*Use of the TLM and “Penny” / “Baltimore” Catechisms cannot harm our relationship with other faith communities since Vatican II affirmed the Catholic Church as the one True Faith, stating that other faiths “derive their efficacy [to save] from the fullness of grace and truth entrusted to the Church”; which it described as “the one Body of Christ on earth” into which “all should be fully incorporated who belong in any way to the people of God”. Dignitatis Humanae simply sought to establish good relationships with those of other faiths from respect for them as persons of good will, with “Religious freedom...to do with immunity from coercion in civil society”, which “leaves untouched traditional Catholic doctrine on the moral duty of men and societies toward the true religion and the one Church of Christ”. Yes we seek dialogue today, but dialogue should be cordial discourse in which non-Catholics speak honestly about all they believe and why, with Catholics doing the same. Truth will win out; it cannot if we simply talk about that upon which we agree and ignore the rest. Truth that is not acknowledged is truth that is hidden –the desire and goal of the father of lies.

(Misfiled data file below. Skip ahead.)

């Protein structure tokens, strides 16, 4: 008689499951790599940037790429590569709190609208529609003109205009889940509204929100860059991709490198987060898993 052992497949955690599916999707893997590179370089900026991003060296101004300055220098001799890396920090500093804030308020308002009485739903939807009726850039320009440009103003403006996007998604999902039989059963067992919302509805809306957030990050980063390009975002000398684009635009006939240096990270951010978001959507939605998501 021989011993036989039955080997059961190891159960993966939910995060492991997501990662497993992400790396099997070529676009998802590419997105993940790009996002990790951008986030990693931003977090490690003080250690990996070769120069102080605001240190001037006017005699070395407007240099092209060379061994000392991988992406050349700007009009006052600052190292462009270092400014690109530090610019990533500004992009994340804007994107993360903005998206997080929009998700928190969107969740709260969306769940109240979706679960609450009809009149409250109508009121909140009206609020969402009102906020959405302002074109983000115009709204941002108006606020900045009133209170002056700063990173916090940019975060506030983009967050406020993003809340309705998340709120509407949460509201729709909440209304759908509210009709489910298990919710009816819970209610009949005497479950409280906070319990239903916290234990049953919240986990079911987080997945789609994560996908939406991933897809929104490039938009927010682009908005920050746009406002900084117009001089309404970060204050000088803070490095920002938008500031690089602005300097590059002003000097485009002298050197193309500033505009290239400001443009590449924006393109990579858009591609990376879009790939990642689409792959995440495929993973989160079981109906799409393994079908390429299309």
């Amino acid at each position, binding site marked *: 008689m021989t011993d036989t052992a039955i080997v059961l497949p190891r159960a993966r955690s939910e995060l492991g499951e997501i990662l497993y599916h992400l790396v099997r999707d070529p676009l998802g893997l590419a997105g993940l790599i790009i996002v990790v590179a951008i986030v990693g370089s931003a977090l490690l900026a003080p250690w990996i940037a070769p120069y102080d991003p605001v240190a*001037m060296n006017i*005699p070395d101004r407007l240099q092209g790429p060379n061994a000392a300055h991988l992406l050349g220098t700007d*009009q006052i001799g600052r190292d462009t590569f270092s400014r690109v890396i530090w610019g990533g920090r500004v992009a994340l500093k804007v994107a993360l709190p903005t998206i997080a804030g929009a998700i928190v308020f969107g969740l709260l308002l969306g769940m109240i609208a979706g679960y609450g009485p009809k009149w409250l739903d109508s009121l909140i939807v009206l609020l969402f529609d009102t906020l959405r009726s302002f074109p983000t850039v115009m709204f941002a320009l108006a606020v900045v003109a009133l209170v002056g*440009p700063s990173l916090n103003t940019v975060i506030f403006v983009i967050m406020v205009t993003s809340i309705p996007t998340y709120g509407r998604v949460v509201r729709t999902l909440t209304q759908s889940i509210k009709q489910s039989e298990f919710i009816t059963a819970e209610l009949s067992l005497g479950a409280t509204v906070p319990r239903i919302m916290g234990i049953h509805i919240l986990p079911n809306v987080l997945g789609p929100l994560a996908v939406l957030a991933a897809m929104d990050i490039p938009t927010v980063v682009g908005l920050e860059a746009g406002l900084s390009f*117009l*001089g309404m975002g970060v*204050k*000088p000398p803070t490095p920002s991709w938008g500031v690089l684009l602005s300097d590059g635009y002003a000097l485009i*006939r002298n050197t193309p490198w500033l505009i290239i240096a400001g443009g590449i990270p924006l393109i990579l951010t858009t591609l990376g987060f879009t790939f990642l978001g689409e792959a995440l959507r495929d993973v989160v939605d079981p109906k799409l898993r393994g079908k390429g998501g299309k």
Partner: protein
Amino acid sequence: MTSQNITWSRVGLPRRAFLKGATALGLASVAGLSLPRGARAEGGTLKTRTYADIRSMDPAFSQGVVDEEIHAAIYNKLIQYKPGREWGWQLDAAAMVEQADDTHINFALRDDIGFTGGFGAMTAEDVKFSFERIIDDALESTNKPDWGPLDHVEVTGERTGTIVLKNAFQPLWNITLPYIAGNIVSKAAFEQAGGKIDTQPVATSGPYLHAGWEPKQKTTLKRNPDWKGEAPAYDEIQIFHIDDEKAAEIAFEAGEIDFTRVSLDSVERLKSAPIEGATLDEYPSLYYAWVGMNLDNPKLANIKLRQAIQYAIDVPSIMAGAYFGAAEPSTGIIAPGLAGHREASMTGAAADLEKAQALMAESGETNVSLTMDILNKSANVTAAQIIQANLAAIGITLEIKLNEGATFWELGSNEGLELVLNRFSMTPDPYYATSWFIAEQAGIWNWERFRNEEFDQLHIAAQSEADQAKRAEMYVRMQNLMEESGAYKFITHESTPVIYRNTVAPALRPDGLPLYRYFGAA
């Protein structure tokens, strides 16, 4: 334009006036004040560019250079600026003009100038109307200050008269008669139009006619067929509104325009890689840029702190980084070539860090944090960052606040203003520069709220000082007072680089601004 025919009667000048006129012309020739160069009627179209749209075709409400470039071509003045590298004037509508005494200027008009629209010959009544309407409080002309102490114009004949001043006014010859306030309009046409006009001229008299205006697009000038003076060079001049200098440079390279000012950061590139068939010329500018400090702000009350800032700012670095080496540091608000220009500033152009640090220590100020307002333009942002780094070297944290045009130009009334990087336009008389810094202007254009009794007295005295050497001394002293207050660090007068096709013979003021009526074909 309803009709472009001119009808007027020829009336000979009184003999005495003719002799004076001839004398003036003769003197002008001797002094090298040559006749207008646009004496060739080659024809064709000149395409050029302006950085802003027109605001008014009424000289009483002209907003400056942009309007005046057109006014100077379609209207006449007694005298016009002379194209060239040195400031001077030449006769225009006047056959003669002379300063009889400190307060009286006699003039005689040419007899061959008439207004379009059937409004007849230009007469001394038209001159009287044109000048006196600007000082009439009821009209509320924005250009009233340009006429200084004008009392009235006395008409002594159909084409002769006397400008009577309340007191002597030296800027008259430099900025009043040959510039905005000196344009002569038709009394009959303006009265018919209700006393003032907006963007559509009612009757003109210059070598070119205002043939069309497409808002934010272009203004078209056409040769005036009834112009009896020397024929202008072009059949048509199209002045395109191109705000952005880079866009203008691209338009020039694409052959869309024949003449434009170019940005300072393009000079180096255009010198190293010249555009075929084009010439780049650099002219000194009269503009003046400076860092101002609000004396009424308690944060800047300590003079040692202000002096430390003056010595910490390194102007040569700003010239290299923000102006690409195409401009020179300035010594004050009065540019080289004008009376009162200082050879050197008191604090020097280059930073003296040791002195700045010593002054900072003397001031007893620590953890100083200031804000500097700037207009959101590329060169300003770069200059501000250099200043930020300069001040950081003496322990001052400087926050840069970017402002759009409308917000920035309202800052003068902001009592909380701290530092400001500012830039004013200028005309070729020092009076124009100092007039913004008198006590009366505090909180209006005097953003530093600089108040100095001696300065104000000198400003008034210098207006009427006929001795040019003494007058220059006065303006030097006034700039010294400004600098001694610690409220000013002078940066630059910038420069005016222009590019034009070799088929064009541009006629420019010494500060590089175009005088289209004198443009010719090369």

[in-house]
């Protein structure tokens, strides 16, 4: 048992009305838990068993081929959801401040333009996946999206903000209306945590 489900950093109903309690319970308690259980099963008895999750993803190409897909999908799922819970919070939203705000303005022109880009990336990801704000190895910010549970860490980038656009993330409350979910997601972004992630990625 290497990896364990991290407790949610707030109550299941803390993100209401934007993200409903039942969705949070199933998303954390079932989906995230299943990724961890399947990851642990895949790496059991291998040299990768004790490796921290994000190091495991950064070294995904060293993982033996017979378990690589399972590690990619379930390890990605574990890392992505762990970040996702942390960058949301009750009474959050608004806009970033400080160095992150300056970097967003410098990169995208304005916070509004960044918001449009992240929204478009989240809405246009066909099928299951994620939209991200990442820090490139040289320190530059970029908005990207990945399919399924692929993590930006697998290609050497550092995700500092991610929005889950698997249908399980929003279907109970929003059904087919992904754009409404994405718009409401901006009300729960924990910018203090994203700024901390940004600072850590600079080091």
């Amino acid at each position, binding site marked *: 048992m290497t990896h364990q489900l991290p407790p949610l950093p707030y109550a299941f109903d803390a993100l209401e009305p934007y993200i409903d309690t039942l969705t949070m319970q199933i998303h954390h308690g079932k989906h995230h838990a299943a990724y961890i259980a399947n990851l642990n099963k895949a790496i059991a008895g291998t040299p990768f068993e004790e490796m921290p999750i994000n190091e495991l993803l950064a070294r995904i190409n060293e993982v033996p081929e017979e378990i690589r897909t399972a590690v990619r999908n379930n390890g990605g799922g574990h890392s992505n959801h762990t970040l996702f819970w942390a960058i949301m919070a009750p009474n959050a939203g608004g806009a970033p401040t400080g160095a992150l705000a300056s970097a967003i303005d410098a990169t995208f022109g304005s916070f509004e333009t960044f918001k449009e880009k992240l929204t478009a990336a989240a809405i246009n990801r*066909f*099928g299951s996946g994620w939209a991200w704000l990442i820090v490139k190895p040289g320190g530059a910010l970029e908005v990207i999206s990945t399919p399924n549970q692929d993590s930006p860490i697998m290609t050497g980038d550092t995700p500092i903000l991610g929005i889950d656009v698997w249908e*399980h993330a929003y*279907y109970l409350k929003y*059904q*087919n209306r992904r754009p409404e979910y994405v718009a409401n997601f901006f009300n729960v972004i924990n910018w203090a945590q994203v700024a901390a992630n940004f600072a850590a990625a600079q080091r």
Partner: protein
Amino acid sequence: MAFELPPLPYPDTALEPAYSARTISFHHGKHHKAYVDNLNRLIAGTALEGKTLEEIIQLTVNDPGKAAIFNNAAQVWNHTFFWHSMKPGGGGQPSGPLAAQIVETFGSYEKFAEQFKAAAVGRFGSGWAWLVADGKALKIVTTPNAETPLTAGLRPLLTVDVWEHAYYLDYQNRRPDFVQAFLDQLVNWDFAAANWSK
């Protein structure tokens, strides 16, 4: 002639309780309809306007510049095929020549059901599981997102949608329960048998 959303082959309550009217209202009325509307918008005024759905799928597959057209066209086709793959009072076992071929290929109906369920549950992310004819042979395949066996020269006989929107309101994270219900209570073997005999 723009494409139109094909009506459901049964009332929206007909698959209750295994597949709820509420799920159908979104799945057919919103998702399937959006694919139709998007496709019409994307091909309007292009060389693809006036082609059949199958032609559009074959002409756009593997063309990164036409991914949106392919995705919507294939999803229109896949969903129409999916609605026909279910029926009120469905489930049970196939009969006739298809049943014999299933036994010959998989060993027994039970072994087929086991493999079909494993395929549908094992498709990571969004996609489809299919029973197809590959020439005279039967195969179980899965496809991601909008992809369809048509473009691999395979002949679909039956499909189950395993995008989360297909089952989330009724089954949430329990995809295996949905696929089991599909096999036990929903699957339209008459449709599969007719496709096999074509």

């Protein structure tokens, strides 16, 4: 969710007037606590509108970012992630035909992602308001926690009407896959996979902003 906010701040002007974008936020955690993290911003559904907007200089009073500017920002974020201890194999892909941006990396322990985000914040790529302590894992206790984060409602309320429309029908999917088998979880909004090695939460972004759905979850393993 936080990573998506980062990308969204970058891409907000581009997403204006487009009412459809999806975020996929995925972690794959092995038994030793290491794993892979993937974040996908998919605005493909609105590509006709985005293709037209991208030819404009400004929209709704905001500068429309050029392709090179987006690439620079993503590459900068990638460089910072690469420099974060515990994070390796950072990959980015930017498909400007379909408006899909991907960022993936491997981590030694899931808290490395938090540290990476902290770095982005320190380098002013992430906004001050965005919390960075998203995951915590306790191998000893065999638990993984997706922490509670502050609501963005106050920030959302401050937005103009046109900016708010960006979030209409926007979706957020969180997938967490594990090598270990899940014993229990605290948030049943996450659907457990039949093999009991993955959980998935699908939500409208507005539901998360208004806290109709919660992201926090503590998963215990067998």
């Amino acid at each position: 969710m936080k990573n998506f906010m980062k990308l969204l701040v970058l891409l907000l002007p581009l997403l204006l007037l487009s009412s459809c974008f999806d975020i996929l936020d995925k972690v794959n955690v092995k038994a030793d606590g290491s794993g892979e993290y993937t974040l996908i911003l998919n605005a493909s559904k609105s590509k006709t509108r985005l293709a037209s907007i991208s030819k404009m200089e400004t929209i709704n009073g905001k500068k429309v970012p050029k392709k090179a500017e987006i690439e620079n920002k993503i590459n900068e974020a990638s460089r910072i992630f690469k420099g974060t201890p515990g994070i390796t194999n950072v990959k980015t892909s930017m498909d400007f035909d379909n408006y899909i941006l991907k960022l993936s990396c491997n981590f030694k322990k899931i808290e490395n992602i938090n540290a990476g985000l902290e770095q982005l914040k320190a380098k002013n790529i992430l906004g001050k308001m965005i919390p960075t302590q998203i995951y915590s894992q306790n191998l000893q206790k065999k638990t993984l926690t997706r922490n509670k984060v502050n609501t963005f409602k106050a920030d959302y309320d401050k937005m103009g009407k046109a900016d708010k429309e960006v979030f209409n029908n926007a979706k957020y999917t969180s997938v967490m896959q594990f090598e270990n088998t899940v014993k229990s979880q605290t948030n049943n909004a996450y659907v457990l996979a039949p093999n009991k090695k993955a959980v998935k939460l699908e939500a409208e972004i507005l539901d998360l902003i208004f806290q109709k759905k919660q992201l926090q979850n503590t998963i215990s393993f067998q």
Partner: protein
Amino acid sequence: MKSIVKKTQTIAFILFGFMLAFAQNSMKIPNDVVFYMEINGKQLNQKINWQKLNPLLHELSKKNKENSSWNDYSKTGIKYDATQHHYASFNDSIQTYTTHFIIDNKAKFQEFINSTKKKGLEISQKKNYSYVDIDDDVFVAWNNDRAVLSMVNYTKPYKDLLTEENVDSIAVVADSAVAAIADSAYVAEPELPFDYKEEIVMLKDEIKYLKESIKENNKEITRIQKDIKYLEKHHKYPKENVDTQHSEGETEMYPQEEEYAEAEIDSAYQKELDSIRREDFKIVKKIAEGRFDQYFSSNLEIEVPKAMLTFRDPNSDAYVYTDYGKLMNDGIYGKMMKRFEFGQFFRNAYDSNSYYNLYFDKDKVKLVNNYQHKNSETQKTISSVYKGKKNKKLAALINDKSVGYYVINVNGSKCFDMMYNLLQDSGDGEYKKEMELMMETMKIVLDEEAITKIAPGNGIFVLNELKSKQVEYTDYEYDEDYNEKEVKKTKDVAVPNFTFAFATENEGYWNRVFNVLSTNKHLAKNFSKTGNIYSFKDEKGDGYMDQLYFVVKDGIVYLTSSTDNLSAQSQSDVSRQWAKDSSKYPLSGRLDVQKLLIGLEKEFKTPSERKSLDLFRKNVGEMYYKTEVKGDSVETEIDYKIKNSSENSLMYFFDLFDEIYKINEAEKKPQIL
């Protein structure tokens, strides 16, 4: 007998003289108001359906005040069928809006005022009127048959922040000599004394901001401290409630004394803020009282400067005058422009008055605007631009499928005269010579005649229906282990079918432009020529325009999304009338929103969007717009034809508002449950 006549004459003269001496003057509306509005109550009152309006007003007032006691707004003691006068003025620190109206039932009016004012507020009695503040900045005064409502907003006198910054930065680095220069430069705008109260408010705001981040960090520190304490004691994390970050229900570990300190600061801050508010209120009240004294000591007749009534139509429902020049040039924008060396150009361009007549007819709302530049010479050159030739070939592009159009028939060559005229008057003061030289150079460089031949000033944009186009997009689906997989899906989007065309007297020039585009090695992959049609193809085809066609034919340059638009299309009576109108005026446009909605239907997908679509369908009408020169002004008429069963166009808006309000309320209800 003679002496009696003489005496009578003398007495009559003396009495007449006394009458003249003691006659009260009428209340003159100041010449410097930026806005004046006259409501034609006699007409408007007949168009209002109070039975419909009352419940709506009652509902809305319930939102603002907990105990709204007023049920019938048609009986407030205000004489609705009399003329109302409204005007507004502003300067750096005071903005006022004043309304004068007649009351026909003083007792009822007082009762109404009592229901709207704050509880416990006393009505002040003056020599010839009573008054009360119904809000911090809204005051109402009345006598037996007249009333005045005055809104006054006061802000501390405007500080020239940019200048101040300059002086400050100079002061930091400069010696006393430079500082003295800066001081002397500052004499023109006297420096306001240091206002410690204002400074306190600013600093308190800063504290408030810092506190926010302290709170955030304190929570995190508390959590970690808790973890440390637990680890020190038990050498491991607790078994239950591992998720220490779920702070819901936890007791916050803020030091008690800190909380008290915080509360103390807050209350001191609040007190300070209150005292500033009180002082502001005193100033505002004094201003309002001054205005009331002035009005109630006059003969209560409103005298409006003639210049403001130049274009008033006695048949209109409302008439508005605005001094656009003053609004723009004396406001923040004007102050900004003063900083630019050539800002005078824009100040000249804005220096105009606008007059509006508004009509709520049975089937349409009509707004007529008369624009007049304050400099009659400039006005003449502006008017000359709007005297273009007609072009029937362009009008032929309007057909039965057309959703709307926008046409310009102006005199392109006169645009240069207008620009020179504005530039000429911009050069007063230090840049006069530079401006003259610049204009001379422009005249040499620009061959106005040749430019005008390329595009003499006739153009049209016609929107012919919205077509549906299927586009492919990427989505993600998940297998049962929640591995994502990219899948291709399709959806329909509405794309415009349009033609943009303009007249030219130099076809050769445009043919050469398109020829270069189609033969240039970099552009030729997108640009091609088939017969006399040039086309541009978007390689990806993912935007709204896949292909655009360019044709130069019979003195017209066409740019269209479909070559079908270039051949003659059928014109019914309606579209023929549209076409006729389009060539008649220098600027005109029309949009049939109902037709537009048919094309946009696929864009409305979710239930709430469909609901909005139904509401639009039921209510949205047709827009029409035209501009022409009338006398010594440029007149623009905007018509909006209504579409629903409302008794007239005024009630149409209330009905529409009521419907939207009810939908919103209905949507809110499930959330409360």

Wednesday, 22 January 2014
Those who celebrate the TLM and speak up for Tradition are frequently accused of being disloyal to Vatican II. The accusers are surely sincere in their belief, but they are decidedly wrong; many people who consider themselves Traditional -myself included- converted and were instructed in Catholic Doctrine as it was understood post-Vatican II; we entered seminaries forming priests in the same post-Vatican II doctrine. How then (or why?) would we be seen as disloyal -or worse, subversive? There are probably three reasons for this. First, we are not afraid of the Church’s liturgical patrimony (the Traditional Form of Holy Mass) but rather honour and revere it; second, we question any reading of Vatican II which puts it into discontinuity with our doctrinal, pastoral and liturgical past; and third, because we read the Council in continuity with the Church’s past –the only legitimate way to read any Council- and interpret ambiguities in the text according to the Tradition we have received.